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April 2016| 351 views

The road runs ahead with promise of adventure, excitement, and hopefully some elephants

The road runs ahead with promise of adventure, excitement, and hopefully some elephants

The sun played on the Trincomalee-Anuradhapura Road. This 110 km highway runs straight, with almost no undulations, through an ancient land that is dry and arid.

Words Yomal Senerath-Yapa |  Photographs Vishwathan Tharmakulasingam & Anuradha Perera

The cultivator spends his nights in this hut, watching out for wild animals coming to destroy crops

The cultivator spends his nights in this hut, watching out for wild animals coming to destroy crops

This dry landscape breeds a sense of freedom in the traveller. There is something brisk, salty, healthy and robust about the sea air, especially at the start of our journey in Trincomalee on the eastern coast. Any Sri Lankan traveller taking this road would also feel sentimental, because it was this part of the country, and not the more fertile interior, that fostered the ancient civilization of Sri Lanka.

Travelling down this road, we witnessed  vestiges of a vanishing world: yellowing paddy fields with palmyra trees signaling that these are the heartlands of our Dravidian compatriots; the occasional pond dotted with dainty white lilies; the rippling waters of an ancient tank.

There was a pattern to this road. Though it mostly ran through scrub jungle or fields, little towns sprang up regularly. They were full of colour and humanity, though it was difficult to decide whether they should be called ‘picturesque’ or ‘lurid’. I veer towards ‘picturesque’ because the little town with its multicolored signboards and merchandise and cacophony is fast becoming a quaint thing today.

Though often used, ‘arid’ isn’t really the best word to describe these parts. Unlike the more verdant wet areas of the Island, this region is home to nearly all species of wildlife found in the country, including all of our charismatic mega fauna.

It is equally home to a wealth of tradition, legend and culture. The black signboard of the Archaeology Department, which never fails to exert a strong pull on the traveller’s imagination, points to several byroads leading to archeological sites. Seeing as Trincomalee and Anuradhapura are two of the oldest centres of civilization in the country, it wouldn’t have been surprising had we seen three times as many signboards.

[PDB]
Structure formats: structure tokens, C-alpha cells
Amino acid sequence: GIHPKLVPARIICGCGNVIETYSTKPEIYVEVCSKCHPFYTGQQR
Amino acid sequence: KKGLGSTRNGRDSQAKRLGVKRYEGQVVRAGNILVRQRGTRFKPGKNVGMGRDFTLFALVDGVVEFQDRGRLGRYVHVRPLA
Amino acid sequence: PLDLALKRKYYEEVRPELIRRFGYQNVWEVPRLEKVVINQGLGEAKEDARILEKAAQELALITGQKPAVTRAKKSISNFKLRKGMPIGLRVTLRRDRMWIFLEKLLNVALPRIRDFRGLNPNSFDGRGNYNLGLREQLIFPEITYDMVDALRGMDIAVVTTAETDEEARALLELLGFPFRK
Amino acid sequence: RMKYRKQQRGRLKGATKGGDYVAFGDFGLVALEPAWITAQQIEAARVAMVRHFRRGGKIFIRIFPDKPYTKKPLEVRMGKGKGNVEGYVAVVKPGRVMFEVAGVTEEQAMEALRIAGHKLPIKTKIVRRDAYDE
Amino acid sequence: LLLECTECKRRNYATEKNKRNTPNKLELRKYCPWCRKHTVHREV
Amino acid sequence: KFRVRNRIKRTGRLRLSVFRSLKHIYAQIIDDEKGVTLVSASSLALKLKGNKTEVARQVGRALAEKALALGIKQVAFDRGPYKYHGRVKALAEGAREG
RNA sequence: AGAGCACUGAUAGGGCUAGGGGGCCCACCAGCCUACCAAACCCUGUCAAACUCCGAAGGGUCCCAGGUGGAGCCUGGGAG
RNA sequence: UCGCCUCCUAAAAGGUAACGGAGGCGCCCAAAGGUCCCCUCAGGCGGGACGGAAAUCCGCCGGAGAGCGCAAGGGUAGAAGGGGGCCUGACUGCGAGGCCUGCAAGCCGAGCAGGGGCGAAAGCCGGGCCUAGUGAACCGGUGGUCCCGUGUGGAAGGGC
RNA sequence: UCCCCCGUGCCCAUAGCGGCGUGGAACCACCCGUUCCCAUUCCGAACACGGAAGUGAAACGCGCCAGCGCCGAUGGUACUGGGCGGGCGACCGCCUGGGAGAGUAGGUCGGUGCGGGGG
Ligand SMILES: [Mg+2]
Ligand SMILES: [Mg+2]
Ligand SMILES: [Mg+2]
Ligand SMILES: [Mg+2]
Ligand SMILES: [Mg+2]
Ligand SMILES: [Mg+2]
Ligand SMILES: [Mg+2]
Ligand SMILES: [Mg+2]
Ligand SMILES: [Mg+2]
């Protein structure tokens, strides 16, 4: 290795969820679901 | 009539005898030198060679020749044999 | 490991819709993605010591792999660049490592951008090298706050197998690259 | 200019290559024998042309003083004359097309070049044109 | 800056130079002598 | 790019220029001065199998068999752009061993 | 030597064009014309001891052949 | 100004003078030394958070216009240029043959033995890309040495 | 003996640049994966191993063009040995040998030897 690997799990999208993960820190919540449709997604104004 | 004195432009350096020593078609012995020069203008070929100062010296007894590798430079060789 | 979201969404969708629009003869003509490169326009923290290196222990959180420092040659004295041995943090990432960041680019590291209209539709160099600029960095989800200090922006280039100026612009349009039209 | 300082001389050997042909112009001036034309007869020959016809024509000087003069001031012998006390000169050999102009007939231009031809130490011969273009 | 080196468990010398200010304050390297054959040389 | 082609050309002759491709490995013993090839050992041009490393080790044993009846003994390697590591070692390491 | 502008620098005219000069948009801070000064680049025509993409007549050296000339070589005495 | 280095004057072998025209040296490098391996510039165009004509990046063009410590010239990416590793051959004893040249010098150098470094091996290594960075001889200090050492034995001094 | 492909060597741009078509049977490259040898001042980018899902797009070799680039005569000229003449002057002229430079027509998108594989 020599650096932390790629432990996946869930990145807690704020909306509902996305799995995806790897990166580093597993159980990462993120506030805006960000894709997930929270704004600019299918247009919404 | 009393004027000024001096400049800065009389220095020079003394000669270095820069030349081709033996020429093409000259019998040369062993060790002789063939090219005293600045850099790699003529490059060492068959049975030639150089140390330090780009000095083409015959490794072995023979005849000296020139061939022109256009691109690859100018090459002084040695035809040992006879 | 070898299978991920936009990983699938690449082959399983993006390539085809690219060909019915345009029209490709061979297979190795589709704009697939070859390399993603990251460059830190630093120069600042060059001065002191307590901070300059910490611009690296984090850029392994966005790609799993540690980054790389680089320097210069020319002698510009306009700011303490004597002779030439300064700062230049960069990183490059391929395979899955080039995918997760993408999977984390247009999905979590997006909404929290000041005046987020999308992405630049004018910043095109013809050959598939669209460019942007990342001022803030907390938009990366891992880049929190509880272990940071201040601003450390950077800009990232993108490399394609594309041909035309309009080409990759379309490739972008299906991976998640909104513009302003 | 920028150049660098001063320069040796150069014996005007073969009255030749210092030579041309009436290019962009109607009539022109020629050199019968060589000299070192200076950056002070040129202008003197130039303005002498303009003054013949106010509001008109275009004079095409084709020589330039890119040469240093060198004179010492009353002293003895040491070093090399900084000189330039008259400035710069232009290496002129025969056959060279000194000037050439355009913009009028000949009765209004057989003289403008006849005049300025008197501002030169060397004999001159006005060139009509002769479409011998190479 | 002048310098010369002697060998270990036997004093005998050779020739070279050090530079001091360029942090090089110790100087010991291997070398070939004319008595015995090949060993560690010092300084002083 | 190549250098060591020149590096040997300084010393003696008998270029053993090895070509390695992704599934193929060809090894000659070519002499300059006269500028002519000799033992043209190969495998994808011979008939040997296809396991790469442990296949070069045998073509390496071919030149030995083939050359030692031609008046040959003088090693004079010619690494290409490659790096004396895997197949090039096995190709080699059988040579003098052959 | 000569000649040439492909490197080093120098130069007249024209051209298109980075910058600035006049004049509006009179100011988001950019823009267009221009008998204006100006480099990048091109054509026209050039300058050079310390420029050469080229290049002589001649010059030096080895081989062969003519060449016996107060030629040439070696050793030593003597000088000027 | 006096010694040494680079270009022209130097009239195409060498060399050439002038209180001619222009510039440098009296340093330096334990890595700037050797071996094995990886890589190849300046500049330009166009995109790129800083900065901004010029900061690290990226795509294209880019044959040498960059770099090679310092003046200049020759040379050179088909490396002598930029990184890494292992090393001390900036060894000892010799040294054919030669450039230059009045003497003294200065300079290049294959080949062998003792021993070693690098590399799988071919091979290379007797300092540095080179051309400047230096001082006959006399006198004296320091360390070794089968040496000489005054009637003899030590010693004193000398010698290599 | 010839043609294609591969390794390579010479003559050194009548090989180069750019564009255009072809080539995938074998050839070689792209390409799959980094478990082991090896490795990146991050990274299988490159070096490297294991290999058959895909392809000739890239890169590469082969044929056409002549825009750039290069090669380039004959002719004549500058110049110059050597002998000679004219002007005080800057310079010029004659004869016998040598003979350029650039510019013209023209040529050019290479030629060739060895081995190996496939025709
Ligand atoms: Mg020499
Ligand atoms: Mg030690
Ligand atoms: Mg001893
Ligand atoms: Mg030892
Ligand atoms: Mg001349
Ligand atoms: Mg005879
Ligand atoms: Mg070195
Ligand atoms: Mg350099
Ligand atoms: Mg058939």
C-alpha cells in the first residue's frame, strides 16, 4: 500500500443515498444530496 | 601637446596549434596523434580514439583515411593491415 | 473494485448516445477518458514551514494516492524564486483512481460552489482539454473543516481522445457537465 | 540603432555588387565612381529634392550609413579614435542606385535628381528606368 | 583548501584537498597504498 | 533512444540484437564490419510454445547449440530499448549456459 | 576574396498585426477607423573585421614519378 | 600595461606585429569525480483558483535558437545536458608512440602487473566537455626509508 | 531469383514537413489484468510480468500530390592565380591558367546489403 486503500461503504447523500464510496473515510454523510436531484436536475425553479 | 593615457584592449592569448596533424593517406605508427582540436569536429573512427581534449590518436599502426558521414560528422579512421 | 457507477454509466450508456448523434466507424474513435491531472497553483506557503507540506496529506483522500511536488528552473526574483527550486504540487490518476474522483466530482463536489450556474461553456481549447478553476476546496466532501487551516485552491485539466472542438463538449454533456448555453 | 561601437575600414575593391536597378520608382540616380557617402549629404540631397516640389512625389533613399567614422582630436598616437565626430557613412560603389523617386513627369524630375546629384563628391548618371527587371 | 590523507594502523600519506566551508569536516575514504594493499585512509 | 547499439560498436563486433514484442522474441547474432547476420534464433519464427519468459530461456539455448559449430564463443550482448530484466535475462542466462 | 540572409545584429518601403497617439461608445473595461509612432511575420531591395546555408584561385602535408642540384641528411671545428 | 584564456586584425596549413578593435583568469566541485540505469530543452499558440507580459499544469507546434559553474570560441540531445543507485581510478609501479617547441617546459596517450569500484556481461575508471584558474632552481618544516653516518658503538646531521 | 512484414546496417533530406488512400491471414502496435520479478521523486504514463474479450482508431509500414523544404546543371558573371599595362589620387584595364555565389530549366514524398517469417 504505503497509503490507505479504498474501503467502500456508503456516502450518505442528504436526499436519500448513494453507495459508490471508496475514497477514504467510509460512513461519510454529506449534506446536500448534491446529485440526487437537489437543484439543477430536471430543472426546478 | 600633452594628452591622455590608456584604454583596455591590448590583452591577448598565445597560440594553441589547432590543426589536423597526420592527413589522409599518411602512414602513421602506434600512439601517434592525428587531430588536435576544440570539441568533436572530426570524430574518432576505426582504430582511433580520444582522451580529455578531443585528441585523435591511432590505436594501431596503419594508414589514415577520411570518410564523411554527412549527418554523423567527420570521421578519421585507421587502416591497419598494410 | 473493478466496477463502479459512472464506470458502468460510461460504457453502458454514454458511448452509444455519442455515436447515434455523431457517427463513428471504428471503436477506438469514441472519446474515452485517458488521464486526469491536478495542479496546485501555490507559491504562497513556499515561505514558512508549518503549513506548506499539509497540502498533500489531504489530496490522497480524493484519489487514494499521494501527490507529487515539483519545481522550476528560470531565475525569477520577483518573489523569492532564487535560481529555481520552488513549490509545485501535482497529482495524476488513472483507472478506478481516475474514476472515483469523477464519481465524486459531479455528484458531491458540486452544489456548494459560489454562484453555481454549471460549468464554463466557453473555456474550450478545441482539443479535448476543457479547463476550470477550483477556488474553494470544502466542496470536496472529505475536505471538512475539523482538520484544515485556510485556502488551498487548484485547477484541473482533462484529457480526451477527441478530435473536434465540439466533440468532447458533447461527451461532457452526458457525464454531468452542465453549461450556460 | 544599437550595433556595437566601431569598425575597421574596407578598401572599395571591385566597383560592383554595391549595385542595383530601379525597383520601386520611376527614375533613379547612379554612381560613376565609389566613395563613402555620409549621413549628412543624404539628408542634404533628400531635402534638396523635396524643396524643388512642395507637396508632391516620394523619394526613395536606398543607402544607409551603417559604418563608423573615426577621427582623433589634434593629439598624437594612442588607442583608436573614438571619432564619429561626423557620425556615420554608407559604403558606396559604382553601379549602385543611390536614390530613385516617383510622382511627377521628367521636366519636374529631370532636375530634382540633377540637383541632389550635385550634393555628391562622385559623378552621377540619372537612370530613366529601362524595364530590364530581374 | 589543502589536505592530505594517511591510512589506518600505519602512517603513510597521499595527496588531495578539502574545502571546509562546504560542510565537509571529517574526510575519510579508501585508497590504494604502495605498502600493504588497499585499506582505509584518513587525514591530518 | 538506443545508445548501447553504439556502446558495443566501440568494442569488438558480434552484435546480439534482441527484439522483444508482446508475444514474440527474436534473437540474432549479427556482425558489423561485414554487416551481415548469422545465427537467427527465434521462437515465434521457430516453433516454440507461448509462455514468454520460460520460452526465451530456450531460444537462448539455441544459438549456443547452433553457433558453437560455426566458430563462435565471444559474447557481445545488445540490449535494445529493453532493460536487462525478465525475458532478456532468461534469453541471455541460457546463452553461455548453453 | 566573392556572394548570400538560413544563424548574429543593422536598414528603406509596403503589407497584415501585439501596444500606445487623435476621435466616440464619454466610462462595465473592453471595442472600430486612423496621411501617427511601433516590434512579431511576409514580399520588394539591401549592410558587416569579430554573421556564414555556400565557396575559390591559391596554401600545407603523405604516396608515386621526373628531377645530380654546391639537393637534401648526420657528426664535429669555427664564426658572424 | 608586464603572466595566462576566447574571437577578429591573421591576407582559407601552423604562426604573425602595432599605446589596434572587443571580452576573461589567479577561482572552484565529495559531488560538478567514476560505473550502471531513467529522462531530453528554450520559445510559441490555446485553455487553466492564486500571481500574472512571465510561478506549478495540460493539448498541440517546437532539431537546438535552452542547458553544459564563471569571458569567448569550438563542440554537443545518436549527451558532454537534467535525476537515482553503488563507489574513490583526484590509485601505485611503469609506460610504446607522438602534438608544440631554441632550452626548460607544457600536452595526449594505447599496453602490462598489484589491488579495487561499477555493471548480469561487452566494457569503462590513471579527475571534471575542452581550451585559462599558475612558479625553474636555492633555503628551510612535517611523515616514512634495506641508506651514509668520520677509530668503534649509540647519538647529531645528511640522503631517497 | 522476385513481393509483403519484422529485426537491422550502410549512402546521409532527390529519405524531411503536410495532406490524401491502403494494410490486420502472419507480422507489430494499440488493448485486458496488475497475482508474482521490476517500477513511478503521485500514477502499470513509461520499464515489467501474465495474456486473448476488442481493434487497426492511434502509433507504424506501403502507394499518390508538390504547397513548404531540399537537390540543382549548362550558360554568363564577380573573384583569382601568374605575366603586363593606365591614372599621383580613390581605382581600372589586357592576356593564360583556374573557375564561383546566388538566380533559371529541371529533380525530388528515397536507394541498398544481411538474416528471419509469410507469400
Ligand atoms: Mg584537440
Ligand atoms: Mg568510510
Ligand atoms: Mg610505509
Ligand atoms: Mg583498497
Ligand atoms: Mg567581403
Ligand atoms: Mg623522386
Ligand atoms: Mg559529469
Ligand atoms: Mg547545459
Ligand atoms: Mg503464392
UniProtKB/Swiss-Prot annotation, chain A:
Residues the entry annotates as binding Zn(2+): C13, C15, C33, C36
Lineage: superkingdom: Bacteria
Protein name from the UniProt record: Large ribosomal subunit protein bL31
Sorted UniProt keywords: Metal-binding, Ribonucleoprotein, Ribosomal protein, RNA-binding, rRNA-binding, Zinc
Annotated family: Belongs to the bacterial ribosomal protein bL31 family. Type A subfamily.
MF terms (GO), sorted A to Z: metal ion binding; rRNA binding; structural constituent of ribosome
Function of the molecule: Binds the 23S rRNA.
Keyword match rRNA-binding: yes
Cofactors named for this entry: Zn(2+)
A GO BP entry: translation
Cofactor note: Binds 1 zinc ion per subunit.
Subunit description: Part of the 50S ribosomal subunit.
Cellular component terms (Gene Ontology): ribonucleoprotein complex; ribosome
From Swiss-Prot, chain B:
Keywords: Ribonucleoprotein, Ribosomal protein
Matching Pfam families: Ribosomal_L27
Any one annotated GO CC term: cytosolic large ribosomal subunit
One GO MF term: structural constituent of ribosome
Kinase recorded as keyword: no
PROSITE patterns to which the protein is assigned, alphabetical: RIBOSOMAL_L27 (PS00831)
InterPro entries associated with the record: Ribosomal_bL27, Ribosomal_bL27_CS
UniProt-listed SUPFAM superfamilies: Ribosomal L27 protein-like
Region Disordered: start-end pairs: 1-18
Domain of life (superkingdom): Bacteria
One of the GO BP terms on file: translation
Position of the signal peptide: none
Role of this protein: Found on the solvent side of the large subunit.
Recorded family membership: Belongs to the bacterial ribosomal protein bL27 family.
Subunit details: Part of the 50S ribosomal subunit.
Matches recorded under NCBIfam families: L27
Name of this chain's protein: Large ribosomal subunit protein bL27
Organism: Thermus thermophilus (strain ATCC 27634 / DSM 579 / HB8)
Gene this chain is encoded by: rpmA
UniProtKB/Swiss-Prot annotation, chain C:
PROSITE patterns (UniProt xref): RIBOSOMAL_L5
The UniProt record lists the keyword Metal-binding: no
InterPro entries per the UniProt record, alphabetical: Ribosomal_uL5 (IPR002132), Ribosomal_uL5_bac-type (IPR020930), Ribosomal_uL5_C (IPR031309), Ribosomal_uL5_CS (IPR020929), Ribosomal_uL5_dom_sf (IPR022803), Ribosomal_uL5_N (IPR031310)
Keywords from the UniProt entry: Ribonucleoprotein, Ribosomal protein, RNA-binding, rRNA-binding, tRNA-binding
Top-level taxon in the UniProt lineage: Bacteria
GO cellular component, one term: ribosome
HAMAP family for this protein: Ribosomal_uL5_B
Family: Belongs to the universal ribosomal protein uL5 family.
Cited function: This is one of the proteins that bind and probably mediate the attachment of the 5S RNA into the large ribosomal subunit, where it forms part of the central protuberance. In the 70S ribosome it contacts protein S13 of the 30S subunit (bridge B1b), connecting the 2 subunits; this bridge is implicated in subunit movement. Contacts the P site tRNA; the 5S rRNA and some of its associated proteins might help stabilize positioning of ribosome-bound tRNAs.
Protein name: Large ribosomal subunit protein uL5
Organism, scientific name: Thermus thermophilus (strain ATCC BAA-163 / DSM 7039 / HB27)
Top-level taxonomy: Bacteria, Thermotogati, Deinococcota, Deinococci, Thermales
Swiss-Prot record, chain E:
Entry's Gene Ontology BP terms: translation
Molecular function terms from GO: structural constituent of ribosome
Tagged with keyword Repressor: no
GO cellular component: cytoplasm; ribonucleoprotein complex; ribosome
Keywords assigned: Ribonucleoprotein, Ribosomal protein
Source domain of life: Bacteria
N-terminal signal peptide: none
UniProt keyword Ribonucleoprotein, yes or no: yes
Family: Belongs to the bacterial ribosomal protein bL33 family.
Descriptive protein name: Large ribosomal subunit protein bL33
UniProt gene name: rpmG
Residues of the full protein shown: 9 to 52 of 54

Trincomalee’s history goes so far back that its Shiva temple, the Koneswaram, was in fact mentioned in The Mahabharata; it has been a Hindu pilgrimage site since 400 BC. Mythology assigns the place a much older date: King Ravana of TheRamayana and his mother are said to have worshipped at Koneswaram around 5,000 years ago.

It was this part of the country, and not the more fertile interior, that fostered the ancient civilization of Sri Lanka

For a considerable part of its length, the road runs through wilderness. Our hopes of a glimpse of some wildlife were whetted by yellow road signs with silhouettes of elephants and buffalo. We had to be content, however, with the fleeing behinds of a couple of mongooses, some wood pigeons more brightly coloured and shapelier than their city cousins, and a few raptors gliding hungrily in the skies above.

Most of the evidence of the ancient civilization that flourished here has not yet been unearthed. How many overlooked grassy knolls and submerged ruins, if dug up, would revolutionize history as we know it? The air itself feels pregnant with the untapped historic potential in this vast area.

Unlike the more verdant wet areas of the Island, this area is home to nearly all species of wildlife found in the country, including all of our charismatic mega fauna

Towards the end of the road, we were fanned by the breeze that came skimming over the waters of ancient reservoirs. White or ancient brick spires marked the skyline: we were approaching the sacred city of Anuradhapura.

We stopped by an old wewa (reservoir) and splashed ourselves with water. From where we stood, knee-deep in the wewa, we could see the immaculate Maha Stupa at the peak of Mihintale. It felt like a glimpse of a loved one after a long estrangement. Inherited memory of Anuradhapura, our ancient capital, was reaching its long hand over the millennia to stir warm feelings in my heart. When a people has had one city as their capital for more than 1,400 years, its call would be felt in the bones of the people. I knew that my journey had come to an end here: I had arrived home.